The Quiet Branches is joining the SciLogs network. I’m excited to be a part of it! I’ll continue to crosspost here too. I look forward to continuing to share the world of plant science and the picture of the plant world revealed by plant science there. This first post will discuss some thoughts on communicating science and particularly when it takes on things that are controversial (at least outside the scientific community) using Genetically Modified plants as an example. I also like to dive back into history in my posts.
A little bit about me: I’m currently a postdoc at Dartmouth College looking to transition into writing or editing. I own a cat. I’m an introvert. I love pub trivia though don’t have a team currently. I’m a podcast junkie, especially ones that tell stories or highlight something new to me.
And to be transparent about funding sources, etc. I pay for the domain of this blog myself. I don’t have ads, sponsors, or a Patreon account currently.
I know several scientists that work in industry, including Monsanto (I did my Ph.D. at Washington U. in St. Louis & several people I went to grad school with now work there and I’ve run across a few others over the years at conferences they in part sponsor, specifically the American Society of Plant Biologists Annual Meeting.
I am more pro-biotech than not, though I consider each implementation of biotech on a case-by-base basis. There is a market for better and improved plants, both selectively bred and GM. Biotech & farming can and should benefit the people and societies that use them. i’m an optimist. I think there can be a resilient and green future where we feed the world’s population. I believe it will take a lot of the tools in our toolbox, including biotechnology.
So you can get a sense of my posts from the last year, I’ve linked to several of them in this post (as well as links to outside Quiet Branches sources).
OK, with all that out of the way, let’s dive in.
I’ll assert some things that I think near everyone agrees on:
- Plants (taken broadly as photosynthetic organisms) are essential to life on Earth, especially other animals and many fungi. They are critical for human civilization. Agriculture is the backbone of an economy. Food security drives economic diversification.
- There is some implementation of biotechnology that any individual person could support, even if it is just one implementation of it (e.g. bringing back the American Chestnut tree).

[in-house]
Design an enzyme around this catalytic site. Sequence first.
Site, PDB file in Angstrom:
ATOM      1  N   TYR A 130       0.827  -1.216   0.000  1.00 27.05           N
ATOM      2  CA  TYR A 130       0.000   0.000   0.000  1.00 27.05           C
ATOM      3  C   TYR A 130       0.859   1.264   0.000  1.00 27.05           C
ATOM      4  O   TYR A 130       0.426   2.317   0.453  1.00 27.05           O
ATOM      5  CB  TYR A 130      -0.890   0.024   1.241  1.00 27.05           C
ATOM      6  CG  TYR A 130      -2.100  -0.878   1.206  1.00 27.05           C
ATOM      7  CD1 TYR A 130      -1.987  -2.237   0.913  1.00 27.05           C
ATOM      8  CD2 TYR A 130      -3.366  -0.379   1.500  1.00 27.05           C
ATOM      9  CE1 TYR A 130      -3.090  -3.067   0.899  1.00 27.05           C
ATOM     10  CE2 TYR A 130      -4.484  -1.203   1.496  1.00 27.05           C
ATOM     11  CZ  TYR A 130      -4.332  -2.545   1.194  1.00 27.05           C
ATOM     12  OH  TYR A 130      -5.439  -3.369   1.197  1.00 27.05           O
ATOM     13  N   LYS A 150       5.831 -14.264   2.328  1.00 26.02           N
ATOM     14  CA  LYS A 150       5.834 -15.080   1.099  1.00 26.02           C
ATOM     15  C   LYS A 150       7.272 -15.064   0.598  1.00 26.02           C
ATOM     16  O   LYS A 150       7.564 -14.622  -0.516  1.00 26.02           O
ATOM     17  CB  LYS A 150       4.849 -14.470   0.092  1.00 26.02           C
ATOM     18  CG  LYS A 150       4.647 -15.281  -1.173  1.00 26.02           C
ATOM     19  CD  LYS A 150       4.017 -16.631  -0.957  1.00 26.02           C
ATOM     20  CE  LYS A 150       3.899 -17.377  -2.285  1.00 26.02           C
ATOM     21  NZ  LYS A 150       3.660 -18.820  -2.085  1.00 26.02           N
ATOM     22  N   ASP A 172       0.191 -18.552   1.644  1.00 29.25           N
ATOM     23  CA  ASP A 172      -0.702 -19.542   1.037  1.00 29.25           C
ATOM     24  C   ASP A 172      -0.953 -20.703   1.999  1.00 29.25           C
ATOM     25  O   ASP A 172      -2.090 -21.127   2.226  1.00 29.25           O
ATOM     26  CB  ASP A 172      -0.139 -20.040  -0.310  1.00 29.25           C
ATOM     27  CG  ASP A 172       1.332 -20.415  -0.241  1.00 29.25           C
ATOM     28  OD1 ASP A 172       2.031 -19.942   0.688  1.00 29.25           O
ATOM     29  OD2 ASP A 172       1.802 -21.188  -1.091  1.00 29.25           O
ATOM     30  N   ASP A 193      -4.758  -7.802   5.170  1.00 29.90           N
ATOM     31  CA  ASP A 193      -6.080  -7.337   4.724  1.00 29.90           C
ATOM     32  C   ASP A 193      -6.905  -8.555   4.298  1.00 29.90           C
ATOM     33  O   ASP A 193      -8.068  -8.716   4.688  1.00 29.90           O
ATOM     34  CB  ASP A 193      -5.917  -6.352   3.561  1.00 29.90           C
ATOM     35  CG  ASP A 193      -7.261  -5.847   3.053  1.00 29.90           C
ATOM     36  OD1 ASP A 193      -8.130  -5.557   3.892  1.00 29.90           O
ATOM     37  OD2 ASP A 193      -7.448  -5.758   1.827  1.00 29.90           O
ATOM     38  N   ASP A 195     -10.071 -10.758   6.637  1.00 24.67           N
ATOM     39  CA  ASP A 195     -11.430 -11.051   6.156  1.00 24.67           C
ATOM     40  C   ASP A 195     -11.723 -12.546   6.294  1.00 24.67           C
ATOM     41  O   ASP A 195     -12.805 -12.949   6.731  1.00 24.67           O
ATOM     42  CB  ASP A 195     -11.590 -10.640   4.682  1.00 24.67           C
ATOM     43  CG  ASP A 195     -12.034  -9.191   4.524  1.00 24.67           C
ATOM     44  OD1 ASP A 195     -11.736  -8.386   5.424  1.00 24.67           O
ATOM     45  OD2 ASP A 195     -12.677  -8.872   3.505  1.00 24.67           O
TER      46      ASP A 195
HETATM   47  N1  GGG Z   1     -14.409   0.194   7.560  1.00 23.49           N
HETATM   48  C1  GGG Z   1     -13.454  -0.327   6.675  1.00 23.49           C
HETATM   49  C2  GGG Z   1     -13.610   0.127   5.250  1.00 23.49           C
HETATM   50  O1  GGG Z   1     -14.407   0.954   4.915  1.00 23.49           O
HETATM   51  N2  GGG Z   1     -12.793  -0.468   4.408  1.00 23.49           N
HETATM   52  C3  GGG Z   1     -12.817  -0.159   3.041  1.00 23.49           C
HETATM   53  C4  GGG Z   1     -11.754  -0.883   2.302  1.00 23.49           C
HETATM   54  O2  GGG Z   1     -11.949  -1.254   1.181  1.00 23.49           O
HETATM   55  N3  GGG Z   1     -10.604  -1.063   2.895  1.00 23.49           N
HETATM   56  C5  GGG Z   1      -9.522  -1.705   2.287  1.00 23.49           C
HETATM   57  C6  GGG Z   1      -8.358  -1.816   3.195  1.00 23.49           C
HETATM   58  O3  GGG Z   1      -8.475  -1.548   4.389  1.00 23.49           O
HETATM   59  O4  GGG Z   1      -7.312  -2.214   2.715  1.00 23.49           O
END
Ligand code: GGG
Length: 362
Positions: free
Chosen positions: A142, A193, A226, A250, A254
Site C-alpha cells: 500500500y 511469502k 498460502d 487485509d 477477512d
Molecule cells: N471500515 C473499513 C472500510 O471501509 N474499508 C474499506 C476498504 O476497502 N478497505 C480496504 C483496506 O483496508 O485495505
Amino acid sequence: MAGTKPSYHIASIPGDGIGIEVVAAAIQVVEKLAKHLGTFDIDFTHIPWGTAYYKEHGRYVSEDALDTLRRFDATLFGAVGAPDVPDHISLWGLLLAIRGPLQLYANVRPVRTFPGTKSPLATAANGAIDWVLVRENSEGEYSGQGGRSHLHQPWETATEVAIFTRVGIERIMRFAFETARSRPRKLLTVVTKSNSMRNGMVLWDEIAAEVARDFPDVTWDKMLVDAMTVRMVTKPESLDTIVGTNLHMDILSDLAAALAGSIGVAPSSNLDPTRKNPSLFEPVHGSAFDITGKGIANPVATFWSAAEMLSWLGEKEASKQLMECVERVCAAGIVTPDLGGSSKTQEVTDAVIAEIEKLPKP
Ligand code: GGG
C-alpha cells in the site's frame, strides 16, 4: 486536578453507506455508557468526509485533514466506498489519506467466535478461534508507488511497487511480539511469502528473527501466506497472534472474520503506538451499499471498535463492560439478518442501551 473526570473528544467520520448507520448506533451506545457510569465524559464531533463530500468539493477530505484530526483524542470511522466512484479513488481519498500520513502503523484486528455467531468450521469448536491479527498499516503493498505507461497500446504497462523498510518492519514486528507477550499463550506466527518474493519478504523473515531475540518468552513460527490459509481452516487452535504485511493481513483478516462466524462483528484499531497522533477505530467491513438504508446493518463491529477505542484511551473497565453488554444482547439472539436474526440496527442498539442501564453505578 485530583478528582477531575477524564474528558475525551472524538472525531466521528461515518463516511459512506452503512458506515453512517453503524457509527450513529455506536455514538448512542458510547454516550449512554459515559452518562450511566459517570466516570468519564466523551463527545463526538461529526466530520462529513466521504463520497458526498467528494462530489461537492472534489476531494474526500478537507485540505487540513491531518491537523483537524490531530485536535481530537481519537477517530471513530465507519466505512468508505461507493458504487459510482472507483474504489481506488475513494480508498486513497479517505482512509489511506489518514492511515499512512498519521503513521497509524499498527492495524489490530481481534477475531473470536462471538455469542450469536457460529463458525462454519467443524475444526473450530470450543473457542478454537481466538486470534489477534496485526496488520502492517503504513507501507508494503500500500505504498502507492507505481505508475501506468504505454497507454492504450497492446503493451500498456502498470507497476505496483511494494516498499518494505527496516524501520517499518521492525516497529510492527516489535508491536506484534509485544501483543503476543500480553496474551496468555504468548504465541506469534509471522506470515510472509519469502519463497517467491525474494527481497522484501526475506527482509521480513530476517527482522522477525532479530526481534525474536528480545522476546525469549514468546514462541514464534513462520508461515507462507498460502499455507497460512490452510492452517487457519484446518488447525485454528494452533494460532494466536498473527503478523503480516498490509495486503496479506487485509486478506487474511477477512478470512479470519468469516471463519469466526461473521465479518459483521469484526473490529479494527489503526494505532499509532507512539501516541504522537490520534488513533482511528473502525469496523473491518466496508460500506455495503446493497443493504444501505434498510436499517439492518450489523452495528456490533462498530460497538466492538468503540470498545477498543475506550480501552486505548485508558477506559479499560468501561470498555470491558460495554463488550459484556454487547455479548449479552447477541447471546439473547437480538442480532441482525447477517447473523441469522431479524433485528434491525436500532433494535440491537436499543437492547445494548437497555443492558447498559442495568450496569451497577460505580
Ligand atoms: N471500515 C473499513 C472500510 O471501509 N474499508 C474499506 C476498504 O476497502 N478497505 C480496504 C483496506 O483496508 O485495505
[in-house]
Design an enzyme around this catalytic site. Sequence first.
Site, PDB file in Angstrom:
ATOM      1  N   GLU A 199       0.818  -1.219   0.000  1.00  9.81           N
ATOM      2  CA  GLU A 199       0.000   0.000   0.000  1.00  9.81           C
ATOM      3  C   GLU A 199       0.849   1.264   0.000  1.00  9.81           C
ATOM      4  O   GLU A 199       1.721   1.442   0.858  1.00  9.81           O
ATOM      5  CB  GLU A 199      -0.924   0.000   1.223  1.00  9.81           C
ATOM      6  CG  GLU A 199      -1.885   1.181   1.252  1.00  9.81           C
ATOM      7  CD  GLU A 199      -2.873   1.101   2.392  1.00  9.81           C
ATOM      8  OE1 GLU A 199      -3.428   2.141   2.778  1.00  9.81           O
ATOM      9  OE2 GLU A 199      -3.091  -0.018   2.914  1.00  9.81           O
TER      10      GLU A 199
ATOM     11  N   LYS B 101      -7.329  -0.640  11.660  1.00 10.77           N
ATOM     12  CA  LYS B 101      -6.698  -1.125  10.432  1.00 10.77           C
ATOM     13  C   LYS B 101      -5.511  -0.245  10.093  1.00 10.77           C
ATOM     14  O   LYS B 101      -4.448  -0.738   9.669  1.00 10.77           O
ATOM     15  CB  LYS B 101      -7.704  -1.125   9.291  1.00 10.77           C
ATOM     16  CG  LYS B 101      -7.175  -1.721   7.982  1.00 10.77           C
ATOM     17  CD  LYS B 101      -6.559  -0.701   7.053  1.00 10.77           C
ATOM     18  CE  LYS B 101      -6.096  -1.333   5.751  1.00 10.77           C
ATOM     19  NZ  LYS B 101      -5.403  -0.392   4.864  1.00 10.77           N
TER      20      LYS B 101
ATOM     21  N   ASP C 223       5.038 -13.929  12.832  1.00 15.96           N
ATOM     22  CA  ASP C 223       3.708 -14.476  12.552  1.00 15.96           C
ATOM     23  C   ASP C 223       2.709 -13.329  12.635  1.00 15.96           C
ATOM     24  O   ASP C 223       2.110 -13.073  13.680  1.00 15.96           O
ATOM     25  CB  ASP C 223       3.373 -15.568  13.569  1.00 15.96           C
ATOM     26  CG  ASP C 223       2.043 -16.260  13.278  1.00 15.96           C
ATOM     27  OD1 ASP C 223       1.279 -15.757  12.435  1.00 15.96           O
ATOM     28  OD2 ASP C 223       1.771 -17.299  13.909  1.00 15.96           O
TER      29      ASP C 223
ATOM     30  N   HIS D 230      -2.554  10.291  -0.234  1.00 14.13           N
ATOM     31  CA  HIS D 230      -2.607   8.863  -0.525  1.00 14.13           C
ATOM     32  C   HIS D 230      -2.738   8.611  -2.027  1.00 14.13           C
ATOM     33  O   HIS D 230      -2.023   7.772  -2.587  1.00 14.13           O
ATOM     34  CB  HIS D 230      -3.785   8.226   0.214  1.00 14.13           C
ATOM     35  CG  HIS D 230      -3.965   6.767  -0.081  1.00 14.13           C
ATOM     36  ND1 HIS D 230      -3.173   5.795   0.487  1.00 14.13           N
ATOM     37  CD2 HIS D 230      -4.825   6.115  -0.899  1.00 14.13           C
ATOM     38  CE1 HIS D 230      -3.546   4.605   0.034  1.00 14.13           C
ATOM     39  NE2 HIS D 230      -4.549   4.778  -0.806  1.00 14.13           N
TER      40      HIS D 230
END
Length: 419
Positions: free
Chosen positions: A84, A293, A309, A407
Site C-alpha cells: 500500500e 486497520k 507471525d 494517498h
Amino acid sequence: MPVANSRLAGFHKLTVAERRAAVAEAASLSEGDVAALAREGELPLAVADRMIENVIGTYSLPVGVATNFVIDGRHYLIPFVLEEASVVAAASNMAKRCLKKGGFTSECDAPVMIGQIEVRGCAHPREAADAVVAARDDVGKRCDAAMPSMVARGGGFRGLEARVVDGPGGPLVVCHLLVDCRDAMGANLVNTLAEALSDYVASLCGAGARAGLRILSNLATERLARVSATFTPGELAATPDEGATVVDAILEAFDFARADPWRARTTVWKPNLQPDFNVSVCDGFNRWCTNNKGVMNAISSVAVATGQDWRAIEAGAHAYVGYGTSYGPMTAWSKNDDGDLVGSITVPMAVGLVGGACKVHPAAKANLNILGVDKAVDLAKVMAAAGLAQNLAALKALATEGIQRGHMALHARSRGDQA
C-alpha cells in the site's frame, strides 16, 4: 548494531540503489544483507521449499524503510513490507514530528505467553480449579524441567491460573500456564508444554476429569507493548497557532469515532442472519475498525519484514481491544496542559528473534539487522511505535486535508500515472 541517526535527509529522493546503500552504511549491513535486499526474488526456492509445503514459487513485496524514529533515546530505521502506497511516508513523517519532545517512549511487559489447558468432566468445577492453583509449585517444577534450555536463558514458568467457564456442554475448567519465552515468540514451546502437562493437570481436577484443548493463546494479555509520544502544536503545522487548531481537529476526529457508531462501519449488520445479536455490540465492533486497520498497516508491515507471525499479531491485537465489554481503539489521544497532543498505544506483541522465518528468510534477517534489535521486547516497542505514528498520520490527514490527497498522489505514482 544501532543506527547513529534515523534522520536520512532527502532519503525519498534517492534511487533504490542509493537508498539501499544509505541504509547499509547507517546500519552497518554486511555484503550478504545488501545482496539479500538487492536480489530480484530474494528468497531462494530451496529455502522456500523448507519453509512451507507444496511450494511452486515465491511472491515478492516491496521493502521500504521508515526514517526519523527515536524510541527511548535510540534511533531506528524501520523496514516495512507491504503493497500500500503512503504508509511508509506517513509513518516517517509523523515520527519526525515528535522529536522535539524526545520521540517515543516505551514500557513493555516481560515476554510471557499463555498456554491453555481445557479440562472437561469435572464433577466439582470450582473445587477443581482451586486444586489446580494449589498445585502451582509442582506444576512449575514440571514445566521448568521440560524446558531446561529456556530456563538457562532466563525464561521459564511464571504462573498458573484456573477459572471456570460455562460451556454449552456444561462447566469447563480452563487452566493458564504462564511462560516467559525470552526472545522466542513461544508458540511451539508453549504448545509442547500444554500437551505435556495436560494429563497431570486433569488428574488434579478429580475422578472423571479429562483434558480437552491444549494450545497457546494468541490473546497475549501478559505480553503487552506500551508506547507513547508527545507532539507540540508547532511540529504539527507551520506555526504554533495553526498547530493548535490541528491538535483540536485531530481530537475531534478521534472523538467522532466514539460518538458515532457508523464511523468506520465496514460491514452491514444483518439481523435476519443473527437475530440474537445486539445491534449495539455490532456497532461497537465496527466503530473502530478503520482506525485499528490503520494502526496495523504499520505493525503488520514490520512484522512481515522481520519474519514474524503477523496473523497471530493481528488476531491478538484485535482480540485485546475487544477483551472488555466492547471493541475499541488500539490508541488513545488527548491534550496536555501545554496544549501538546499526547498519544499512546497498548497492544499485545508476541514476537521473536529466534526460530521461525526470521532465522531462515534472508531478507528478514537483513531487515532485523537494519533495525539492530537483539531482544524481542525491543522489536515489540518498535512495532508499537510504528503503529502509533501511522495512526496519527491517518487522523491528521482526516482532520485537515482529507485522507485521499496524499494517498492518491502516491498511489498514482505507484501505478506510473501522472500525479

- Transparency matters and should be implemented as much as possible.
- Regulation of what is in and how food is grown/processed is important
- Science should inform policy and regulation.
The Long History of Genetic Modification
Life has been diversifying on Earth for at least 3 billion years. For around 2 billion of that, oxygenic photosynthesis has been going on. Plants colonized land around 450 million years ago. In that time, there’s been a lot of gene and DNA shuffling. Bacteria ate each other and animals ended up with our cellular energy factories known as mitochondria. An ancient mitochondria-containing ancestor of modern plants engulfed a photosynthetic green bacteria that ended up as a chloroplast. Both mitochondria and chloroplasts have their own genomes. In modern organisms, however, much of this DNA has been transferred to the host’s genome. Many horizontal gene transfers (across species gene transfer), genome duplications, natural selection, and many extinctions have lead to us and the contemporary world. Nature was the first genetic engineer and we’re a part of it.
For the last few centuries, people have been intensively studying the world trying to understand nature beyond direct human perception. Many individuals steadily working to build ever better narratives and models about how nature works. Modern civilization is built on science (as well as those that think about science, apply science, and think about philosophy of science). That includes plants.
For the last few centuries, people have been intensively studying the world trying to understand nature beyond direct human perception. Many individuals steadily working to build ever better narratives and models about how nature works. Modern civilization is built on science (as well as those that think about science, apply science, and think about the philosophy of science). That includes plants. There is good evidence for humans modifying plants for at least 10,000 years, through agriculture.